Arable crop experts help farmers in Moldova

Crop plots are to be established in Moldova, Europe’s poorest country, as experts from Britain’s National Institute of Agricultural Botany strive to improve the country’s farming.

The scientists will visit Moldova early in 2008 to establish an agricultural aid site in the former Communist-run country, which is sandwiched between new EU state Romania and westward-looking Ukraine.

Moldova suffered its worst heatwave in living memory during the 2007 summer, when wells that are the main source of water dried up for the first time in 70 years.

The four-man NIAB team from Cambridge, headed by chief executive Prof Wayne Powell, are being given a 2ha plot of land in the village of Burlacu. The aim is to transform it into a productive agricultural site to demonstrate how different crops can be grown successfully throughout the year.

The initiative is being organised by the charity Central and Eastern European Ministries (CEEM), whose Secretary John Law, a former NIAB scientist, says the Moldovan region is desperately in need of agricultural aid. It has little expertise and limited access to improved cultivars or sources of seed to plant new crops.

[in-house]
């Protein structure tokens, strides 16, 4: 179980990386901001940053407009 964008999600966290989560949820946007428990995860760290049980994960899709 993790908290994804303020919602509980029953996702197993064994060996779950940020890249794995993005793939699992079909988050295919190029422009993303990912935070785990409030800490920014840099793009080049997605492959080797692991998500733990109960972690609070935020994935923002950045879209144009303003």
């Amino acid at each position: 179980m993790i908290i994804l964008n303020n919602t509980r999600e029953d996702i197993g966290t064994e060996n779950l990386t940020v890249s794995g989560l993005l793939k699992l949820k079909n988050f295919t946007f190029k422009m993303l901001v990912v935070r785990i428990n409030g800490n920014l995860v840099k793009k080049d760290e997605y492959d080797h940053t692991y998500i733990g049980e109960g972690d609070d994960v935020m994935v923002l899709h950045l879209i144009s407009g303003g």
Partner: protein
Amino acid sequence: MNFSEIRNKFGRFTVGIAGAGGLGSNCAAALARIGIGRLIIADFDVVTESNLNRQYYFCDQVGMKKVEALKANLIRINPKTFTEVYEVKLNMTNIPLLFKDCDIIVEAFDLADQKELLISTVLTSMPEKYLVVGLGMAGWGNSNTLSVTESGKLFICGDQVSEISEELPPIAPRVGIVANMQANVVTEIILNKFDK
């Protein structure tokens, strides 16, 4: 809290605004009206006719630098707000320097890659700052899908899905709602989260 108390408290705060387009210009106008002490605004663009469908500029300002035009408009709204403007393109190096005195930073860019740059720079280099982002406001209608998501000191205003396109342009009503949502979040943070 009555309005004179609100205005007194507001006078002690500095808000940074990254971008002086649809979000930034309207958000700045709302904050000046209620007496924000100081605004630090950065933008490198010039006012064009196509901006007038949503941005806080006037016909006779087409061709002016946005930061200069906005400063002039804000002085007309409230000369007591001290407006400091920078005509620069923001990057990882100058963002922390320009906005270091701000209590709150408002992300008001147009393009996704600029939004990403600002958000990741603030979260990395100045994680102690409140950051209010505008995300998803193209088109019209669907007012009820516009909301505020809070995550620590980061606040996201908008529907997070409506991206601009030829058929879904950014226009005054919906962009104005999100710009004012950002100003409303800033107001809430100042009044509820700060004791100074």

The team plans to set up poly-tunnels in the village, which has a population of 1,200, and establish a mini research site to show how various crops can be grown to provide food over a longer growing season for example cabbage, which can be produced throughout the year, as well as maize, peppers, tomatoes and sweetcorn.

Prof Powell says he is looking forward to helping Moldovans in this hands-on project which will make a real difference to their lives, helping them to produce healthy crops, as well as providing advice and sponsorship in the poorest European country.

The region suffers from a lost generation of 30-50 year olds who have moved to other countries to work, leaving their young children and elderly parents behind, adds Mr Law.

“This is a very important visit to promote self sufficiency in crop production, regardless of climatic conditions. We are also hoping NIAB’s high profile support will encourage other organisations and seed companies to follow suit and offer sponsorship too.

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